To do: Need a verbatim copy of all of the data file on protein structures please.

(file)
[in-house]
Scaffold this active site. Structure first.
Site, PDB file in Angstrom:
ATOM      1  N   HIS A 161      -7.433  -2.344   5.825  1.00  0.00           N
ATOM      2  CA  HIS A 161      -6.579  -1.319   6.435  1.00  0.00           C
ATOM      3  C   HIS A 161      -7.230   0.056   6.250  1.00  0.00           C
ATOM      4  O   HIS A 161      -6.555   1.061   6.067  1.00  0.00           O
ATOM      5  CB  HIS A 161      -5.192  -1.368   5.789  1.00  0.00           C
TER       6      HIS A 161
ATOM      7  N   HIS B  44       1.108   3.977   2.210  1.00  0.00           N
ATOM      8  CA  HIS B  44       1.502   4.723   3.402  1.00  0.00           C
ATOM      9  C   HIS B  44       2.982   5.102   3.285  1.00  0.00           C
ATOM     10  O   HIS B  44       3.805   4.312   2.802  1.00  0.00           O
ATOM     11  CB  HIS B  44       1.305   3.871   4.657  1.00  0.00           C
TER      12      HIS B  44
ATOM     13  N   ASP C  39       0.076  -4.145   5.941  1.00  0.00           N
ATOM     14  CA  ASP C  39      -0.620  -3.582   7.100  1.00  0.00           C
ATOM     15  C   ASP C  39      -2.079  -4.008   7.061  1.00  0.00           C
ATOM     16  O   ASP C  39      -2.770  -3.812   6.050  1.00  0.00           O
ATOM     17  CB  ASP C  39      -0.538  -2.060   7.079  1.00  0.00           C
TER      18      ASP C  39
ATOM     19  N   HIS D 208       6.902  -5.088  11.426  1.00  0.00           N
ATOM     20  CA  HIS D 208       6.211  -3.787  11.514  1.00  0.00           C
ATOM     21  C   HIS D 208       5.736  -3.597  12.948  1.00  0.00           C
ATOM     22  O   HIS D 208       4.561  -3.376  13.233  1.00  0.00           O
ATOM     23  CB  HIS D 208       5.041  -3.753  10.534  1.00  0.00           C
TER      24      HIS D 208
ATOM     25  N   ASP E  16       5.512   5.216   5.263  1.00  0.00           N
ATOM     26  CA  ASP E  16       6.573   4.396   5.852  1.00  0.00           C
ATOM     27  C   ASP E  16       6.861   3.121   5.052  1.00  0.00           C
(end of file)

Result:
[in-house]
Scaffold this active site. Structure first.
Site, PDB file in Angstrom:
ATOM      1  N   HIS A 161      -7.433  -2.344   5.825  1.00  0.00           N
ATOM      2  CA  HIS A 161      -6.579  -1.319   6.435  1.00  0.00           C
ATOM      3  C   HIS A 161      -7.230   0.056   6.250  1.00  0.00           C
ATOM      4  O   HIS A 161      -6.555   1.061   6.067  1.00  0.00           O
ATOM      5  CB  HIS A 161      -5.192  -1.368   5.789  1.00  0.00           C
TER       6      HIS A 161
ATOM      7  N   HIS B  44       1.108   3.977   2.210  1.00  0.00           N
ATOM      8  CA  HIS B  44       1.502   4.723   3.402  1.00  0.00           C
ATOM      9  C   HIS B  44       2.982   5.102   3.285  1.00  0.00           C
ATOM     10  O   HIS B  44       3.805   4.312   2.802  1.00  0.00           O
ATOM     11  CB  HIS B  44       1.305   3.871   4.657  1.00  0.00           C
TER      12      HIS B  44
ATOM     13  N   ASP C  39       0.076  -4.145   5.941  1.00  0.00           N
ATOM     14  CA  ASP C  39      -0.620  -3.582   7.100  1.00  0.00           C
ATOM     15  C   ASP C  39      -2.079  -4.008   7.061  1.00  0.00           C
ATOM     16  O   ASP C  39      -2.770  -3.812   6.050  1.00  0.00           O
ATOM     17  CB  ASP C  39      -0.538  -2.060   7.079  1.00  0.00           C
TER      18      ASP C  39
ATOM     19  N   HIS D 208       6.902  -5.088  11.426  1.00  0.00           N
ATOM     20  CA  HIS D 208       6.211  -3.787  11.514  1.00  0.00           C
ATOM     21  C   HIS D 208       5.736  -3.597  12.948  1.00  0.00           C
ATOM     22  O   HIS D 208       4.561  -3.376  13.233  1.00  0.00           O
ATOM     23  CB  HIS D 208       5.041  -3.753  10.534  1.00  0.00           C
TER      24      HIS D 208
ATOM     25  N   ASP E  16       5.512   5.216   5.263  1.00  0.00           N
ATOM     26  CA  ASP E  16       6.573   4.396   5.852  1.00  0.00           C
ATOM     27  C   ASP E  16       6.861   3.121   5.052  1.00  0.00           C